2

This code runs every 100 ms. The memory usage just keeps increasing until it hits 1.5 GB and then it crashes.

void takeScreenShot()
{
    Surface s;
    s = CaptureScreen(); 
    pictureBox1.Image = new Bitmap(Surface.ToStream(s, ImageFileFormat.Bmp));
    s.Dispose();
}

public Surface CaptureScreen()
{
    int width = Screen.PrimaryScreen.Bounds.Width;
    int height = Screen.PrimaryScreen.Bounds.Height;
    Device device = new Device(new Direct3D(), 0, DeviceType.Hardware, IntPtr.Zero, CreateFlags.HardwareVertexProcessing, new PresentParameters(width, height));
    DisplayMode disp = device.GetDisplayMode(0);
    Surface s = Surface.CreateOffscreenPlain(device, disp.Width, disp.Height, Format.A8R8G8B8, Pool.Scratch);
    device.GetFrontBufferData(0, s);
    return s;
} 
  • Is it not possible to reuse some of the objects within the CaptureScreen method? Like Device and Surface? What happens when it crashes? Do you get an exception or some other sort of feedback? – scheien Sep 14 '14 at 19:01
  • possible duplicate of Finding memory leaks in a managed Win8 metro app? – Xstian Sep 14 '14 at 19:02
  • 1
    if (pictureBox1.Image != null) pictureBox1.Image.Dispose(); – Hans Passant Sep 14 '14 at 19:10
  • @HansPassant pictureBox1.Image.Dispose(), but otherwise this would have been my guess too. – Dirk Sep 14 '14 at 19:11
5

You are creating a new device every time.

You should create the device only once, create it in your startup code once and then keep using it.

Furthermore I suspect a memory leak in Surface.ToStream() the returned stream probably needs disposing too.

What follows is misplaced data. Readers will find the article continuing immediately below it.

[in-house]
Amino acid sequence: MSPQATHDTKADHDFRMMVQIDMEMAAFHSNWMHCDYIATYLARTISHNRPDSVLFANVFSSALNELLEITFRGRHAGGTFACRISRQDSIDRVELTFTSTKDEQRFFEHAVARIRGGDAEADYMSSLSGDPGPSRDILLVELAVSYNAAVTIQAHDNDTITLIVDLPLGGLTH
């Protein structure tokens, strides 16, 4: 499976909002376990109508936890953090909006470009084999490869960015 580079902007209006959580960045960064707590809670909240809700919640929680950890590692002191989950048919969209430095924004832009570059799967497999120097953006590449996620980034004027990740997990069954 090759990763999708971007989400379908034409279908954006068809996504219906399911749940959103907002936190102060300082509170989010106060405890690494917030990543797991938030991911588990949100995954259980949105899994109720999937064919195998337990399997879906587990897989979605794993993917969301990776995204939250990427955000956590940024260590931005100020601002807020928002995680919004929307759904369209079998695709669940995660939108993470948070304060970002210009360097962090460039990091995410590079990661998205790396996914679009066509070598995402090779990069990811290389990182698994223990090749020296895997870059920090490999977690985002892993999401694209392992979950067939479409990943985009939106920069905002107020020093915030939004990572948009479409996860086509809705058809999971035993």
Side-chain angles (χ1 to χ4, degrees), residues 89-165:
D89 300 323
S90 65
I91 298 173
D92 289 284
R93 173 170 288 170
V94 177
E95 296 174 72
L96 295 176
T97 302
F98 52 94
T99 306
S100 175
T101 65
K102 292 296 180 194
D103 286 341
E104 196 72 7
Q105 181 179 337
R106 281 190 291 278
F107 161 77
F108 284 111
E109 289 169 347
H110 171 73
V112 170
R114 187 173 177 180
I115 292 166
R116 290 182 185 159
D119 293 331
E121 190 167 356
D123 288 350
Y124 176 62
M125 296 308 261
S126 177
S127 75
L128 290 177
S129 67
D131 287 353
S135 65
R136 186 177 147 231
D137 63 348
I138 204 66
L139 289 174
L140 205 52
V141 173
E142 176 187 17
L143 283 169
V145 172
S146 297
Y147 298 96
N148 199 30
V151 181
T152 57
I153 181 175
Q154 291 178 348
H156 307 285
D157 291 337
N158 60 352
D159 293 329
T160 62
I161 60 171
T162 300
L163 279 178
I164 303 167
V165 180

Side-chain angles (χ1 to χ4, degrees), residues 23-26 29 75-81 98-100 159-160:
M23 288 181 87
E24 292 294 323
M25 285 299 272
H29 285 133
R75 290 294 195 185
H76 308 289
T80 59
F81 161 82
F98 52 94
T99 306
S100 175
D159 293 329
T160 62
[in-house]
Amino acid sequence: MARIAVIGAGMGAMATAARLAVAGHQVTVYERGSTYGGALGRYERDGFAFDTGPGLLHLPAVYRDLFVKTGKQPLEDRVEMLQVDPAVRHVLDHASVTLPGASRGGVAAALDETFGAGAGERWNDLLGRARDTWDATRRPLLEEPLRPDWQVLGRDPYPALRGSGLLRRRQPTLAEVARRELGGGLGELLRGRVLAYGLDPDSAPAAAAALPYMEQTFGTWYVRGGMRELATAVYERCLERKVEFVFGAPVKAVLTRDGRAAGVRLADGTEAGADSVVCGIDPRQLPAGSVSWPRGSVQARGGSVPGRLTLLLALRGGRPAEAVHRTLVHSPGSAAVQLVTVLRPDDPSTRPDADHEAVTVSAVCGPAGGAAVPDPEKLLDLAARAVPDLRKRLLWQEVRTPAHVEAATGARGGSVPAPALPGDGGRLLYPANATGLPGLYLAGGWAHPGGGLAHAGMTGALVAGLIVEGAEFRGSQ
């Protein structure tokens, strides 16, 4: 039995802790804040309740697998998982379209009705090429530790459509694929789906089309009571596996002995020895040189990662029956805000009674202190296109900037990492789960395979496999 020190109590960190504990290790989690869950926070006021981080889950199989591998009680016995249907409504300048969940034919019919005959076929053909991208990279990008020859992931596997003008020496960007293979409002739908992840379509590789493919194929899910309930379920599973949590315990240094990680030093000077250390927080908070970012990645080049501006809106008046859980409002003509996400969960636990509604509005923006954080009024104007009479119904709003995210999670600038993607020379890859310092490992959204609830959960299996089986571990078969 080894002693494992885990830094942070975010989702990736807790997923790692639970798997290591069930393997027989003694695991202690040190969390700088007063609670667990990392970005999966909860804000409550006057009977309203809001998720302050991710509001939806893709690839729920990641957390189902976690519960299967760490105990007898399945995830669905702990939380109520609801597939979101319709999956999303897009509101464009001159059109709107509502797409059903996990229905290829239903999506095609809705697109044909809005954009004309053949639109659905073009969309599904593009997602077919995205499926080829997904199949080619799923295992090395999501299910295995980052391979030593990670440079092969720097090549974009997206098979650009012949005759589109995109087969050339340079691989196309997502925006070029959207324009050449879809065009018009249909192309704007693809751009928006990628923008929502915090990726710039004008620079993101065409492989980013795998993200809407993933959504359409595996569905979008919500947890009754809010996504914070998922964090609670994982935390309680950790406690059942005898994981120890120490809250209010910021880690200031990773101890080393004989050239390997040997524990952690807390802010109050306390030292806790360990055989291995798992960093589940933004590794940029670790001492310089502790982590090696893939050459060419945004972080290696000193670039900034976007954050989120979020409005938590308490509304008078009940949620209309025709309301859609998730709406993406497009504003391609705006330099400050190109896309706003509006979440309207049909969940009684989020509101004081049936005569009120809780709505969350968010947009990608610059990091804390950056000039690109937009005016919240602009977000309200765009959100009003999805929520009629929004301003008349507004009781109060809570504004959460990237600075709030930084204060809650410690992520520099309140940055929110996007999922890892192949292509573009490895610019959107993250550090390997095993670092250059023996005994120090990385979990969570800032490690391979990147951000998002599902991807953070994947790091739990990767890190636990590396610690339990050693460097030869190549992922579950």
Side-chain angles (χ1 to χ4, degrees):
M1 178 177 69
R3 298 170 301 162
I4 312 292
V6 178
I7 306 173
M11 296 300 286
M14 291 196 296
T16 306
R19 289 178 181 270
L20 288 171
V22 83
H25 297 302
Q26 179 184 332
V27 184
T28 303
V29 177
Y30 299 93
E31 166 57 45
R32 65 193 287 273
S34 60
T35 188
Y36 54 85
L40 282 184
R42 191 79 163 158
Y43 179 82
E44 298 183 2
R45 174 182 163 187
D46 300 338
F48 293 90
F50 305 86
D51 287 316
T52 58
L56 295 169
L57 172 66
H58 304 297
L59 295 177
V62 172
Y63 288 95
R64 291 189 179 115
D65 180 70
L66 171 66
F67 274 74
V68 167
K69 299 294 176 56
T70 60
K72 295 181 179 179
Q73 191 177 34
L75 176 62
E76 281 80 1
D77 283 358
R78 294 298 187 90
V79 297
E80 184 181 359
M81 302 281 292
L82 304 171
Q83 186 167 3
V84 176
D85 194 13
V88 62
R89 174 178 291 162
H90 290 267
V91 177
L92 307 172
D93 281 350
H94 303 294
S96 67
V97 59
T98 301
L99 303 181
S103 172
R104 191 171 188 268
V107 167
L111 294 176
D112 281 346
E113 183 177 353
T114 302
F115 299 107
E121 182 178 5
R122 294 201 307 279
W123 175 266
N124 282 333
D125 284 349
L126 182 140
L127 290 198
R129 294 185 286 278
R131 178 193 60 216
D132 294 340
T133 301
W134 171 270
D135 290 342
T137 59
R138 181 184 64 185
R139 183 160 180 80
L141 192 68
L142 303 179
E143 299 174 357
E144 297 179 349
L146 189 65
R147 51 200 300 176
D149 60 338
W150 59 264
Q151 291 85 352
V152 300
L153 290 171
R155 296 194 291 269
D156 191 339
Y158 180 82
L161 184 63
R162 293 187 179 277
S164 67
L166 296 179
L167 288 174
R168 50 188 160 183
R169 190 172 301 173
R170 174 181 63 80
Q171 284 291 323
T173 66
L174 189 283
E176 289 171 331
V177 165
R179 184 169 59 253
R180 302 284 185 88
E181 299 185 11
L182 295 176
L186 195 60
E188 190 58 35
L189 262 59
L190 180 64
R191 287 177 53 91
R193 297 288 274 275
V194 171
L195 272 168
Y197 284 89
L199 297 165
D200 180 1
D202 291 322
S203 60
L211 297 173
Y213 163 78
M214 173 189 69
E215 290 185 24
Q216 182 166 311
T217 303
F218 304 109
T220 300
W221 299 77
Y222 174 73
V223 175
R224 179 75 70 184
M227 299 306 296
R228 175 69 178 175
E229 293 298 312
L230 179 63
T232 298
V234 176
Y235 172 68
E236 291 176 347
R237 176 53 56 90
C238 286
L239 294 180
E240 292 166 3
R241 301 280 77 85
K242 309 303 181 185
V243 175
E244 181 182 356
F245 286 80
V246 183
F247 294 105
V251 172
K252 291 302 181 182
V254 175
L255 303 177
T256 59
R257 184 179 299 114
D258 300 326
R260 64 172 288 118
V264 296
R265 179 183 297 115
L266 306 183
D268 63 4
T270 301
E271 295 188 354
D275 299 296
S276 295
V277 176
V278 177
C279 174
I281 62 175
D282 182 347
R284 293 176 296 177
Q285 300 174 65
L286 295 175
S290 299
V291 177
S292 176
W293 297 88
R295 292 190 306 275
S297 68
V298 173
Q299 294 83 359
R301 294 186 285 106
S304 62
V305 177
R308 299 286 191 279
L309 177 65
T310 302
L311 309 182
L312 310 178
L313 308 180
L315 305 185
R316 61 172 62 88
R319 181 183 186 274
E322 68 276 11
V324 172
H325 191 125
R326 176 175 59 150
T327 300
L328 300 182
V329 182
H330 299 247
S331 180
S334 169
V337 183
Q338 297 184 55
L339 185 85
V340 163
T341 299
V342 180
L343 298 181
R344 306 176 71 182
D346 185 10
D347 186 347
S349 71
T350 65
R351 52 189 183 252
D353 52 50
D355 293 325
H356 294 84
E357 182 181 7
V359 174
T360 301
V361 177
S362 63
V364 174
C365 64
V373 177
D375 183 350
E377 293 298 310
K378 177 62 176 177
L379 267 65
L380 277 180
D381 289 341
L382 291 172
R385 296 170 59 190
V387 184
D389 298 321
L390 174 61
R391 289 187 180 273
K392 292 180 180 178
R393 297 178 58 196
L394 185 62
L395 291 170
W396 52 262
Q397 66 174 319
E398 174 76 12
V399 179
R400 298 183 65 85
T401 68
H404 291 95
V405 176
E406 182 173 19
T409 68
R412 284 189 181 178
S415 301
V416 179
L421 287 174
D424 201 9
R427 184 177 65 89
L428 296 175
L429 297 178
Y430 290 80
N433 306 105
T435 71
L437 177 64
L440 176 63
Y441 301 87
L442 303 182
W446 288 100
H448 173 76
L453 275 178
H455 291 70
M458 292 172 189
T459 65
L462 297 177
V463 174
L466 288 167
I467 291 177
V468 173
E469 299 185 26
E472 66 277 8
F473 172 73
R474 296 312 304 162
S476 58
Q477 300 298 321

var stream = Surface.ToStream(s, ImageFileFormat.Bmp);
       pictureBox1.Image = new Bitmap(stream);
       stream.Dispose();

As Hans Passant mentioned, Bitmap needs disposing as well.

You can very easily debug memory leaks in SharpDX by a helper to make diagnostic about unreleased COM resources. Setup at the beginning of your application this variable:

SharpDX.Configuration.EnableObjectTracking = true;

When your application exit, It will a print a report of COM objects that were not properly released with the stacktrace. The class behind this is ObjectTracker.

ObjectTracker.ReportActiveObjects() can be called to print the currently used resources at runtime (even with stack trace).

  • I can confirm that the Surface.ToStream() is leaking memory but how do i dispose the returned stream? – Bjorn Jacobs Sep 14 '14 at 20:01
  • does calling Dispose() on it not work? – thumbmunkeys Sep 14 '14 at 20:15
  • see my edit, I think you are missing some basic concepts – thumbmunkeys Sep 14 '14 at 20:30
  • Doesn't work to call dispose on the var stream. – Bjorn Jacobs Sep 14 '14 at 20:31
  • 1
    what does doesn't work exactly mean? – thumbmunkeys Sep 14 '14 at 20:33

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